For my pick, I had to go with G.I. Joe: Retaliation. I can't even remember why I chose to watch this movie. The first installment was so bad I would normally skip anything to do with the rest of the franchise. I didn't even catch this in the theater. I think I just happened to watch it on HBO or something of the like by chance. Imagine my surprise when they start the film off with a impressive and necessary reset, thus eliminating a lot of the problems from the first G.I. Joe. This shocking opening may have easily been a result of me ignoring the release, trailers, and hype of this sequel, but when it happened, I was pretty floored. The rest of the film just built a new foundation of the franchise from there to entertain me throughout. Yes, it's somewhat of a guilty pleasure, but to be honest, I also thoroughly enjoy the cast and the characters they play. I grew up with the cartoon, so it was nice to finally have a good movie with characters I grew up with and great actors to play them. I can't think of another film that so thoroughly shocked me considering how much I disliked the original. That's exactly why it's on this list.
7. Friday the 13th Part 2 (1981)
(AI's Pick - The Lord of the Rings: The Two Towers)
I enjoyed Peter Jackson's The Two Towers. But I also really enjoyed The Fellowship of the Ring. Therefore, I don't think the sequel ups the ante. Just so none of my readers are in suspense, I absolutely hate Return of the King. No, I never read the books, and I'm not a huge Tolkien nerd, but the final installment was boring and simply would not end. And that's nothing to say about the fact that the king's return was lame and not the victory that the title hints at. Also, Sam was and is the biggest hero in that trilogy.
Anywho, onto my favorite horror franchise! I do believe Friday the 13th (1980) has gotten better over time, mainly because if you're new to the the series, the ending in the original seems like a huge twist. BUT, the franchise really gained traction when they introduced Jason Vorhees as the killer. And that's exactly what the creative team did in the sequel. In the original we are led to believe Jason died as a child due to camp counselors negligence (need to make love). I have always enjoyed how this new camp details the urban legend that was created around Camp Crystal Lake and the idea of Jason in the beginning scenes, only to find out it's no myth. Jason is alive and well! I also appreciate his burlap sack mask. I do think this look would have gotten old and the fortuitous use of his hockey mask ever since made the franchise epic. That being said, I like the ode to The Town That Dreaded Sundown and the idea that this "child" that grew up alone in the woods finds something as innocuous as a bag to hide the vengeance that Jason seeks. Not to mention his hideous appearance. Which of course makes the final reveal of his face even more gruesome and satisfying. I don't necessarily think it's the best film in the franchise, although there are days I might argue that, but I do think it's a significant jump from the original.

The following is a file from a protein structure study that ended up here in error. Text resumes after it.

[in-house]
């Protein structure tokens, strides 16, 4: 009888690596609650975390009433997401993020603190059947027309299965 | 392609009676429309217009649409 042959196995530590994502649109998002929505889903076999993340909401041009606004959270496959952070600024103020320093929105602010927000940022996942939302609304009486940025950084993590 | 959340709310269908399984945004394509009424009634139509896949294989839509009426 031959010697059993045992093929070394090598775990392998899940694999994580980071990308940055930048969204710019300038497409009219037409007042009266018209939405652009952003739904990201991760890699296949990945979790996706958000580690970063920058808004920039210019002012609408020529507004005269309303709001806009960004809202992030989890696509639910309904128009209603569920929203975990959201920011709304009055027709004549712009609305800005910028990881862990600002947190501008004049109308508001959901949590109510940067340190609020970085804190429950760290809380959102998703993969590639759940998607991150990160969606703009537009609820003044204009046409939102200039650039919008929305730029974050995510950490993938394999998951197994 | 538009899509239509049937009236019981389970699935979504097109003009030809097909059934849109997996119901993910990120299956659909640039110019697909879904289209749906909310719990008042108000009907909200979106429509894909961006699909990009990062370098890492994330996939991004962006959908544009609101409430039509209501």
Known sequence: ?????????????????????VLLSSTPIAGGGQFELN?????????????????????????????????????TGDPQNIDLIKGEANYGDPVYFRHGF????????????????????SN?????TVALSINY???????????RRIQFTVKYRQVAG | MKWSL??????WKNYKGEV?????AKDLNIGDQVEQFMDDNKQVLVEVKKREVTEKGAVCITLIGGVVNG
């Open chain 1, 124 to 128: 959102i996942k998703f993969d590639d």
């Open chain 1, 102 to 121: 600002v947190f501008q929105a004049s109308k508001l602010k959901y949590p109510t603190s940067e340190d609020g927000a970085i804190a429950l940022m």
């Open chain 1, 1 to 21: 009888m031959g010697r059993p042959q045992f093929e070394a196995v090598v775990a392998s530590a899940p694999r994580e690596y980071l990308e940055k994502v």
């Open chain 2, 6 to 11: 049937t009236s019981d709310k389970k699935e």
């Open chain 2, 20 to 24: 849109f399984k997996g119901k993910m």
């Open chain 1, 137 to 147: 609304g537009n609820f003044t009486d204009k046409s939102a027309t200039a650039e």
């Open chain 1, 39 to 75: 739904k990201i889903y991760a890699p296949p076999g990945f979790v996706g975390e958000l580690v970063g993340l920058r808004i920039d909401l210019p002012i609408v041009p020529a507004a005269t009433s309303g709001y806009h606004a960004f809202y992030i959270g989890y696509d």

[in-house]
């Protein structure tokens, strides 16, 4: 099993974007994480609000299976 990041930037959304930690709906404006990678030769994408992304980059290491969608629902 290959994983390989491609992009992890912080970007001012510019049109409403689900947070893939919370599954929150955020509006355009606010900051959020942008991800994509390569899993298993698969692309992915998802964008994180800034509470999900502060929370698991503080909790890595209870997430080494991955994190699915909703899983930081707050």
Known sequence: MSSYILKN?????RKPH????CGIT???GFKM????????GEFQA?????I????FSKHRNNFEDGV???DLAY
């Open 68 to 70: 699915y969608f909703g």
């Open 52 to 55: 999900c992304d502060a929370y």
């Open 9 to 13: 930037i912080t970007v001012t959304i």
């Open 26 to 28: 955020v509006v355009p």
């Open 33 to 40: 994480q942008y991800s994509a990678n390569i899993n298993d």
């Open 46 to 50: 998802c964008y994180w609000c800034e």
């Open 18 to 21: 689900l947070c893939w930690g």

6. Star Wars: Episode VIII - The Last Jedi (2017)
(AI's Pick - Aliens)
I love James Cameron's Aliens. But I also love Ridley Scott's Alien. In truth, they are two different genres in my opinion and offer two different types of entertainment. Yes they overlap in elements, but the first is definitely more horror while the sequel is more action. I don't see a drop off in entertainment or vast improvement in either version. I like them both about the same.
And here is where I begrudgingly offer an apology to some of my closest Nerd friends, namely Chase (of course he'll have to read this to know about it). I did not like Star Wars: Episode VIII - The Last Jedi upon my first viewing at a press screening. But as time has gone by and that trilogy wrapped up, I have much more of an appreciation for this sequel. I especially love the several instances where Rian Johnson foreshadowed with a ridiculous example, then paid it off beautifully. First act, "You don't need Luke Skywalker. You think what? I'm gonna walk out with a laser sword and face down the whole First Order?" Third act, that's exactly what Luke does!
Given time to digest the story and Johnson's re-definition of the Jedi, I have come to respect this movie more and more. I do like how it broke from tradition, yet held true to it when necessary. I also believe it includes the single best scene of any Star Wars movie. Admiral Holdo looks like she's running away from the First Order only to turn her ship into the line of fire of the Mega-class Star Dreadnought, The Supremacy and hits the light speed controls. Her sacrifice and resulting victory for the remnants of the rebellion are still powerful every time I watch it. Plus it's Princess Leia's (Carrie Fisher) last true performance as unused footage was utilized to make Rise of Skywalker.
What are you thoughts so far? Did I piss you off? Do you agree with my list so far? What did I forget and what would you have included? Let us know and don't forget to look for Part 2 where I reveal my top 5 remaining sequels!